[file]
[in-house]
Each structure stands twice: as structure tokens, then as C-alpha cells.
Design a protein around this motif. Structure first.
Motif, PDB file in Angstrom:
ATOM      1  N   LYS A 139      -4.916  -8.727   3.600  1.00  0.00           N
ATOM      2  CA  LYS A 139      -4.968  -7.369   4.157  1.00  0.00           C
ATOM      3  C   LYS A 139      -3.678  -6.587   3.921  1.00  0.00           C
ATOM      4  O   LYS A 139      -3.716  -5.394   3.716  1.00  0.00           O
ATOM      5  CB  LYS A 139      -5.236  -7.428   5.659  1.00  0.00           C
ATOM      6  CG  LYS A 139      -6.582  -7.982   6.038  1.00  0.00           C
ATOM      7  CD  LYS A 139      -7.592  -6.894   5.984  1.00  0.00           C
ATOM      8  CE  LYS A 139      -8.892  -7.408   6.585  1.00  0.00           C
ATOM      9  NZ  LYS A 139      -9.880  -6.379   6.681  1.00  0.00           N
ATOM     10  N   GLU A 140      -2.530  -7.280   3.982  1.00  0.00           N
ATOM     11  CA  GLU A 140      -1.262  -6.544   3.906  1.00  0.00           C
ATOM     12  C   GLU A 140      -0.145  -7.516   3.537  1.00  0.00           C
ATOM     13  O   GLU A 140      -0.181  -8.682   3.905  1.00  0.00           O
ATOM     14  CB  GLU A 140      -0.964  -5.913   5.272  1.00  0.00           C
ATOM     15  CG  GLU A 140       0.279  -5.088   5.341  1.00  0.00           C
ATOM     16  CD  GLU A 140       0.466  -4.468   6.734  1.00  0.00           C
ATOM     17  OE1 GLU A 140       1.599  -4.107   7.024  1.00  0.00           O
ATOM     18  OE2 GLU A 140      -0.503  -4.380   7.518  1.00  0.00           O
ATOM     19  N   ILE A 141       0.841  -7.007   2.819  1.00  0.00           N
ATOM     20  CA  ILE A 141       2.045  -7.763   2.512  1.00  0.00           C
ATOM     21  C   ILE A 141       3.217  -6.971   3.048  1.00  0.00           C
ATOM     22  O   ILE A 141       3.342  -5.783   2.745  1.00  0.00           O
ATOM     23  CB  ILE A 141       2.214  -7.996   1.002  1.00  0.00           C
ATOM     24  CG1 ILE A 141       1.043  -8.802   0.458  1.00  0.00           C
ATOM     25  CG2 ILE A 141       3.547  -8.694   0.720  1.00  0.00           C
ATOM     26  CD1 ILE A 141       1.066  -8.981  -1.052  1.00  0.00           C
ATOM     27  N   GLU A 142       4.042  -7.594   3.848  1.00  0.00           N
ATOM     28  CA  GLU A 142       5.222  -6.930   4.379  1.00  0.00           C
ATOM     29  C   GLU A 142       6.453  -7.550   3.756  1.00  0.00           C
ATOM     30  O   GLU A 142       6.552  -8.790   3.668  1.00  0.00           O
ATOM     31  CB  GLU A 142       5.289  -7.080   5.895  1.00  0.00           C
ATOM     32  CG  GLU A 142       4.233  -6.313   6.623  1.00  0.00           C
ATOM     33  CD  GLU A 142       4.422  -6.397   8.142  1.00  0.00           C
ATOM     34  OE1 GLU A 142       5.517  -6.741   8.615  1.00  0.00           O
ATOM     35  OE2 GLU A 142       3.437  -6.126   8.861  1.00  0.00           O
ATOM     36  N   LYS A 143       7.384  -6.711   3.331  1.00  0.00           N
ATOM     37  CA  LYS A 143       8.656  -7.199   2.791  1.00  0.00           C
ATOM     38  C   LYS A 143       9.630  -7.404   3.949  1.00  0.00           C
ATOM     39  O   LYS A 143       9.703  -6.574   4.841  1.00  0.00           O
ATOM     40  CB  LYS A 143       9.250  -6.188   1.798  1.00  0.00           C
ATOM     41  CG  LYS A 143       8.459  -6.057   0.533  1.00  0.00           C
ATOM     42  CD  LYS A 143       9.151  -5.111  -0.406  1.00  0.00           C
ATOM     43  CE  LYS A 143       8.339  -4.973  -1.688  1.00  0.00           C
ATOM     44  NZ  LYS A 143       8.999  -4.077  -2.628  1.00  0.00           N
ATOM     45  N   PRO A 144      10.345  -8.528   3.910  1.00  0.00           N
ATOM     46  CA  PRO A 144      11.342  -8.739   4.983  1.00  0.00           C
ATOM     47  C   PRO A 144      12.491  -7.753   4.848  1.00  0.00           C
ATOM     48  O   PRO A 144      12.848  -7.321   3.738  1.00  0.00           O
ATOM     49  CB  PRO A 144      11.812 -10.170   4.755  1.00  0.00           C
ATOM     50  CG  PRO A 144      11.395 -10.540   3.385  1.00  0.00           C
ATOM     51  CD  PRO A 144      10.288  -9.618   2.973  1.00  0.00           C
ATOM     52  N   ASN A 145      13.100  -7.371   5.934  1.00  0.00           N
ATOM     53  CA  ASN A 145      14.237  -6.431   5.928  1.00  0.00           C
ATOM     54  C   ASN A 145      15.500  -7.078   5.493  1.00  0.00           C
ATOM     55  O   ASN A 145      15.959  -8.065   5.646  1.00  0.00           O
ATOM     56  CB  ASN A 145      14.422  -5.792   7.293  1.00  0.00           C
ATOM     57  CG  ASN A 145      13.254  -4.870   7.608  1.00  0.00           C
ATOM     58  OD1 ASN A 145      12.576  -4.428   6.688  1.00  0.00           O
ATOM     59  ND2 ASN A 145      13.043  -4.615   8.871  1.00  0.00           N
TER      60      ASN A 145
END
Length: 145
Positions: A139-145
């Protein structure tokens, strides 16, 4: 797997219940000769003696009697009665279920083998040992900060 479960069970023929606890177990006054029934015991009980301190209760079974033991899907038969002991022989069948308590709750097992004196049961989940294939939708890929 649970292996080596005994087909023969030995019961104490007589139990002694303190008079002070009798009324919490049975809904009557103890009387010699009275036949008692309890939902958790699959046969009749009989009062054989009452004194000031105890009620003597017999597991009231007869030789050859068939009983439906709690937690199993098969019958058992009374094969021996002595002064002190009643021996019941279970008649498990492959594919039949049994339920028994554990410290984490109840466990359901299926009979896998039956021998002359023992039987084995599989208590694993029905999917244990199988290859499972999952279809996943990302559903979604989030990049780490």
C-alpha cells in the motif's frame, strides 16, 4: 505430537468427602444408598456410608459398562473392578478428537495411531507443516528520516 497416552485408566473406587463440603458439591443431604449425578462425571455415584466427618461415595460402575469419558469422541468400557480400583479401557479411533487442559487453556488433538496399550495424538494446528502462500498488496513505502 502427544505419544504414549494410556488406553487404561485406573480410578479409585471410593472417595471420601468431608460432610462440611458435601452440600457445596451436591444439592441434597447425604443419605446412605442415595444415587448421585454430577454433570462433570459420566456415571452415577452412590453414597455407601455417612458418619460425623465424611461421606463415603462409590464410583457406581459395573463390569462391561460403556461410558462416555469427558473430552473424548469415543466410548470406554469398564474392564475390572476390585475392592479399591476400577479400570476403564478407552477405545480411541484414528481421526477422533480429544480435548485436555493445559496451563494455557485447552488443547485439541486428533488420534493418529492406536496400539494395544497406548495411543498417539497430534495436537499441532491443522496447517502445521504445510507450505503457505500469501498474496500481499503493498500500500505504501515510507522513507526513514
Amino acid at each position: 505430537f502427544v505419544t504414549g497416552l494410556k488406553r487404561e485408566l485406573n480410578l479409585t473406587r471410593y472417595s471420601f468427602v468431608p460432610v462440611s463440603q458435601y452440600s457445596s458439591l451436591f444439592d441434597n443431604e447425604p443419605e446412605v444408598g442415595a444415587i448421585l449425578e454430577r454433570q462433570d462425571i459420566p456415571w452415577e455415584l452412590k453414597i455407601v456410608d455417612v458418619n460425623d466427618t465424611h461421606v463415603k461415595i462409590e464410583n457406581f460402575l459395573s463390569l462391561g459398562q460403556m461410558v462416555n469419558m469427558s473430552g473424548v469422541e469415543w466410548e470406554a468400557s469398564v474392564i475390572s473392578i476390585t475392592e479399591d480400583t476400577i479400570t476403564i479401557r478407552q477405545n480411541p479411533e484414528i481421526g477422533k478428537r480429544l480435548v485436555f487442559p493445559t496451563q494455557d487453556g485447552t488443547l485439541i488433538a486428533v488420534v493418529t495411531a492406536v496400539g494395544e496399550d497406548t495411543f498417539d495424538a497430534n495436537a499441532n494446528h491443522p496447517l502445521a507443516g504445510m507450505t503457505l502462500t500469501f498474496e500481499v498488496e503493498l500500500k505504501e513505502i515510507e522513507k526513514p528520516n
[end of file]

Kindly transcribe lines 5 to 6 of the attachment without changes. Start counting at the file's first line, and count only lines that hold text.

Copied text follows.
ATOM      1  N   LYS A 139      -4.916  -8.727   3.600  1.00  0.00           N
ATOM      2  CA  LYS A 139      -4.968  -7.369   4.157  1.00  0.00           C